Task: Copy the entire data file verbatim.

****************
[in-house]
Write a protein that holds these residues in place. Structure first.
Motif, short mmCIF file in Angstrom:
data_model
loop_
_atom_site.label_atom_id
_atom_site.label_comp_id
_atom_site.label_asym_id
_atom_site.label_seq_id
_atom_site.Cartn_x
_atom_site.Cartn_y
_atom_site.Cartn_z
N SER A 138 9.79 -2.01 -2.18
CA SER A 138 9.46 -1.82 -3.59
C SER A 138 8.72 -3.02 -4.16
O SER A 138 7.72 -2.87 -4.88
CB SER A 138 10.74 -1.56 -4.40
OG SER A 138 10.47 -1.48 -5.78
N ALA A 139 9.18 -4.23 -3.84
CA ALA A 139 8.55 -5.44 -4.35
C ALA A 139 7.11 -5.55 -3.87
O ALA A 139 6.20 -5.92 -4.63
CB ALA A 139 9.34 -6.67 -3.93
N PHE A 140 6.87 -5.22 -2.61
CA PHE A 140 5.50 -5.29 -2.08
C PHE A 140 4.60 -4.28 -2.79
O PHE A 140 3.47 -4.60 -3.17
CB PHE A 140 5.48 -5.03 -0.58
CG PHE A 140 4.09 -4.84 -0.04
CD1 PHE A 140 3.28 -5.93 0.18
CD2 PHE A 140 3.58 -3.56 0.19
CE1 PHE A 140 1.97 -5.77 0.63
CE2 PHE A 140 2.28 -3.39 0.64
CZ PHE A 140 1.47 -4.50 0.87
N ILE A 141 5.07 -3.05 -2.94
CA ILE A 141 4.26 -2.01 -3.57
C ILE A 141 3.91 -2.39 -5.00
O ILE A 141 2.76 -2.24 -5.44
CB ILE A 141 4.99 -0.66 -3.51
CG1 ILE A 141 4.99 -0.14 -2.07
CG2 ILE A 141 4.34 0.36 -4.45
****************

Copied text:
[in-house]
Write a protein that holds these residues in place. Structure first.
Motif, short mmCIF file in Angstrom:
data_model
loop_
_atom_site.label_atom_id
_atom_site.label_comp_id
_atom_site.label_asym_id
_atom_site.label_seq_id
_atom_site.Cartn_x
_atom_site.Cartn_y
_atom_site.Cartn_z
N SER A 138 9.79 -2.01 -2.18
CA SER A 138 9.46 -1.82 -3.59
C SER A 138 8.72 -3.02 -4.16
O SER A 138 7.72 -2.87 -4.88
CB SER A 138 10.74 -1.56 -4.40
OG SER A 138 10.47 -1.48 -5.78
N ALA A 139 9.18 -4.23 -3.84
CA ALA A 139 8.55 -5.44 -4.35
C ALA A 139 7.11 -5.55 -3.87
O ALA A 139 6.20 -5.92 -4.63
CB ALA A 139 9.34 -6.67 -3.93
N PHE A 140 6.87 -5.22 -2.61
CA PHE A 140 5.50 -5.29 -2.08
C PHE A 140 4.60 -4.28 -2.79
O PHE A 140 3.47 -4.60 -3.17
CB PHE A 140 5.48 -5.03 -0.58
CG PHE A 140 4.09 -4.84 -0.04
CD1 PHE A 140 3.28 -5.93 0.18
CD2 PHE A 140 3.58 -3.56 0.19
CE1 PHE A 140 1.97 -5.77 0.63
CE2 PHE A 140 2.28 -3.39 0.64
CZ PHE A 140 1.47 -4.50 0.87
N ILE A 141 5.07 -3.05 -2.94
CA ILE A 141 4.26 -2.01 -3.57
C ILE A 141 3.91 -2.39 -5.00
O ILE A 141 2.76 -2.24 -5.44
CB ILE A 141 4.99 -0.66 -3.51
CG1 ILE A 141 4.99 -0.14 -2.07
CG2 ILE A 141 4.34 0.36 -4.45